Similar to the output of freshman Brooks Bollinger in 1999, senior quarterback Mike Samuel served as a game manager and a running quarterback in 1998. Samuel eclipsed a mere 1,000 yards through the air and just six touchdown tosses.
While Samuel’s passing stats may not wow you, his senior year was a massive step up from what he achieved in his junior season. In 1997, Samuel had major issues with ball security, coughing up 13 interceptions in comparison to just eight touchdowns. In 1998, he only threw four interceptions.
With his legs, however, he was always reliable. Samuel ran for 380 yards and 10 touchdowns in 1998.
Samuel’s ground game aided Ron Dayne in his junior year, of course. Dayne carried the rock 295 times for 1,500 yards and 15 touchdowns. Dayne’s stats in 1998 are nearly identical to the numbers he put up in 1997, yet the Badgers won three more games and a Rose Bowl in 1998.
With a ground-and-pound playstyle through Dayne, you would think the Badgers success would largely be determined by his success, but evidently, play isn’t necessarily what factored into their improved win total. It was the improved play by Samuel, in addition to major improvements from the defense.
In 1997, Kevin Cosgrove was in his third season as defensive coordinator for the Badgers. His defense surrendered 23.5 points per game, an average mark relative to the rest of the country.
The defense actually somehow gave up more per game than the Badgers scored per game (22.4) in a season where they won eight games. In 1998, the Badgers put up 31.8 points per game and Cosgrove’s defense gave up just 11.9 points per game, good for the best scoring defense in the country.
The stout defense was led by consensus All-American, Big Ten Defensive Player of the Year, defensive end Tom Burke. Burke was a sack machine, bringing down the opposing quarterback 22 times in 1998, a single-season school record. Nobody has come close to sniffing that record. Burke added 31 tackles for loss. He truly had one of the most dominant seasons in college football history.
Burke’s work on the front lines was supported by Jamar Fletcher’s work as a ballhawk in the secondary, snagging seven interceptions before he would do that in each of the next two seasons. Fletcher shares a Wisconsin record for career interceptions (21).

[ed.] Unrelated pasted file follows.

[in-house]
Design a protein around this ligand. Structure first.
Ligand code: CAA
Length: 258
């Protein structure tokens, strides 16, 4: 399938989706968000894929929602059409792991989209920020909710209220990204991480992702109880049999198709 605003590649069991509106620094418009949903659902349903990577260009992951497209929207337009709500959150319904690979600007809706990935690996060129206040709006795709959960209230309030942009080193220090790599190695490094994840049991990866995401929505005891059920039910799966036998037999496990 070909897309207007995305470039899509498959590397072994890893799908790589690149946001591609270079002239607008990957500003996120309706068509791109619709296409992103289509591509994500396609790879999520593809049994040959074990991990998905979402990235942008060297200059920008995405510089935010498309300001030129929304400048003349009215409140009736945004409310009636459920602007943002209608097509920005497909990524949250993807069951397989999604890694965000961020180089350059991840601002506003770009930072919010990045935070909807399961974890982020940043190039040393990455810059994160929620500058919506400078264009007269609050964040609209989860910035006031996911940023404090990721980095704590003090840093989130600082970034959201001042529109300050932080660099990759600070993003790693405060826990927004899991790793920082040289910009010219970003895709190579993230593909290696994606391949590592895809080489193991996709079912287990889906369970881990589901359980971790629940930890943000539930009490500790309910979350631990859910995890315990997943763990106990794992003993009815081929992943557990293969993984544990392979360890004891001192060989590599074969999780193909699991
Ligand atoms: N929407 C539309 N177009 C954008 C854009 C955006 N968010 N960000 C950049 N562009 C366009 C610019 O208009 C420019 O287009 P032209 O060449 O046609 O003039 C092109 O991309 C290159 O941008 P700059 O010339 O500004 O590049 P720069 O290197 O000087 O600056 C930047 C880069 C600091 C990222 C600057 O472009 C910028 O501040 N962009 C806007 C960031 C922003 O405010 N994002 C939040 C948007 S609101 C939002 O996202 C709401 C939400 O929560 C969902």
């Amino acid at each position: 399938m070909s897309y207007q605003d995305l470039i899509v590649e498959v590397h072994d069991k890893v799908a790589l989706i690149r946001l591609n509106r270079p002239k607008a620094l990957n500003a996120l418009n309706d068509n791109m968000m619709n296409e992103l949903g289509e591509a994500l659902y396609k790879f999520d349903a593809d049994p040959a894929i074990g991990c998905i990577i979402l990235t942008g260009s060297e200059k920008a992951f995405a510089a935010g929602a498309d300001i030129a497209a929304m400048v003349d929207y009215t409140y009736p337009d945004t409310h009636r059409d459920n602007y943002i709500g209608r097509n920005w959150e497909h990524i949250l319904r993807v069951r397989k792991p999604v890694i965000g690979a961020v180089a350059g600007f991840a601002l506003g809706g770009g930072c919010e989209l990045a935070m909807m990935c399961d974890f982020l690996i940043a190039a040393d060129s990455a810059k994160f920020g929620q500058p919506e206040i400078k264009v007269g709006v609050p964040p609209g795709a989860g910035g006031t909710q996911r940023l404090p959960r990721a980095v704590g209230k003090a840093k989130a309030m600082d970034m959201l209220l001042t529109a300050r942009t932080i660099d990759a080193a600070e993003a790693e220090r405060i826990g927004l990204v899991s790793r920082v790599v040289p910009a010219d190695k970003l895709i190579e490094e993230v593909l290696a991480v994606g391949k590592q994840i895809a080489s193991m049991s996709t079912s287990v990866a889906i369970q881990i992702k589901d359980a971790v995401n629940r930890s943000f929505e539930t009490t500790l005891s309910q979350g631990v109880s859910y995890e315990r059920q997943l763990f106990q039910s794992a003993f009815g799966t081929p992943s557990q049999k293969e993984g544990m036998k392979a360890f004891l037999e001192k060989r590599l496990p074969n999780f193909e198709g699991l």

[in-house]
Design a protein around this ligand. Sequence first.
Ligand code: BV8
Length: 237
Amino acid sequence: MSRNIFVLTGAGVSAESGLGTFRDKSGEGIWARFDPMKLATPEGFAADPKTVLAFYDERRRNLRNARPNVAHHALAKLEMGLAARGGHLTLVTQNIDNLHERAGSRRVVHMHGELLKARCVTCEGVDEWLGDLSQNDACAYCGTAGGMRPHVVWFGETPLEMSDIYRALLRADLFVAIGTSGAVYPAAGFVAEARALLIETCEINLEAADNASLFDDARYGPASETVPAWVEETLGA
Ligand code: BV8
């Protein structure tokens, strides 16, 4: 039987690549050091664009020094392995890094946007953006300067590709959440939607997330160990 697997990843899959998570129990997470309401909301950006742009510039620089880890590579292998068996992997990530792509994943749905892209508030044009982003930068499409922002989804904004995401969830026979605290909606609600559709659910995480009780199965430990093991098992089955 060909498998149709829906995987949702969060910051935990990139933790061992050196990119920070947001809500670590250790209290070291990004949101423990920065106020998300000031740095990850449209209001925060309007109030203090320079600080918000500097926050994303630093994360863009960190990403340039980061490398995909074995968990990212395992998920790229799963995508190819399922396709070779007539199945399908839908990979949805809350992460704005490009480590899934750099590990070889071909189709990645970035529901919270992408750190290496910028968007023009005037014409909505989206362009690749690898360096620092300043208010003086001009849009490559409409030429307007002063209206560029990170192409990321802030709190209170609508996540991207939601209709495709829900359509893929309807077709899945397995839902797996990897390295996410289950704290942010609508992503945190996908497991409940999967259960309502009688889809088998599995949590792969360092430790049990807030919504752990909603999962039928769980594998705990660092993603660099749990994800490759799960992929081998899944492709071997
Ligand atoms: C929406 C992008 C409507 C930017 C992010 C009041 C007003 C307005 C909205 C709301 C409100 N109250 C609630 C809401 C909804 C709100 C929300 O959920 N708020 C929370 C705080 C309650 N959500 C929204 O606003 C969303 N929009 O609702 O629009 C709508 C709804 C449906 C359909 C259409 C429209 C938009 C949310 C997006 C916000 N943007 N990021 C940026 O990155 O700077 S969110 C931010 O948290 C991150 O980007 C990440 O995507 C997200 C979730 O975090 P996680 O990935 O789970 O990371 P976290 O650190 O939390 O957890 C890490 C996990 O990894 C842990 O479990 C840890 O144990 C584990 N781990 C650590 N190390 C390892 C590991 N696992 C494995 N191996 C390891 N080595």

Perhaps the biggest reason for the Badgers sudden dominance in 1998, something that cannot be determined on the stat sheet, is their established pace-of-play, controlling the tempo in their contests.
With Samuel and Dayne constantly running it down their opponents throats between the tackles and Tom Burke leading a suffocating defense, the Badgers rarely found themselves in a deficit.
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After winning the first four games of the season by a margin of 171-28, the Badgers escaped victorious in back-to-back midseason scares from Indiana and Purdue. Wisconsin then responded to their close contests with blowout wins over Illinois, Iowa and Minnesota.
Ranked eighth in the country (9-0) going into fifteenth ranked Michigan, the Badgers suffered their one and only loss of the season at The Big House, 27-10.
The loss stung, but the Badgers remained in control of their Rose Bowl destiny. When it mattered most, the Badgers proved they could win a big game against a big team. The Badgers closed the regular season with a dominant 24-3 win over ranked Penn State.
With few marquee wins heading into the Rose Bowl, CBS analyst infamously said the 1998 Badgers team was the worst team he could remember playing in a Rose Bowl when previewed the game. Famous last words.
The Badgers used this added motivation to upset a powerhouse UCLA Bruins team, 38-31. Ron Dayne had a day, rushing for a season-high 246 yards and four scores on his way to being named Rose Bowl MVP. He even played on a sore shoulder.
The Badgers proved their worth and the Big Ten’s worth that year in a big way with their Rose Bowl victory. The second Badgers Rose Bowl over UCLA in the 1990’s.
The 1998 Badgers are credited with an SRS score of 16.45, the third highest score for a Badgers team in our lifetime. But the main reason this Badgers team is second on this list is because of what the Badgers built for the 1999 season and beyond. The Badgers would end the 90’s with three Rose Bowl victories, none more meaningful than the one that capped off their 1998 season.
With that, we’re down to our pick for the top prize. Stay tuned for our pick for the top spot, in addition to some honorable mentions, next week.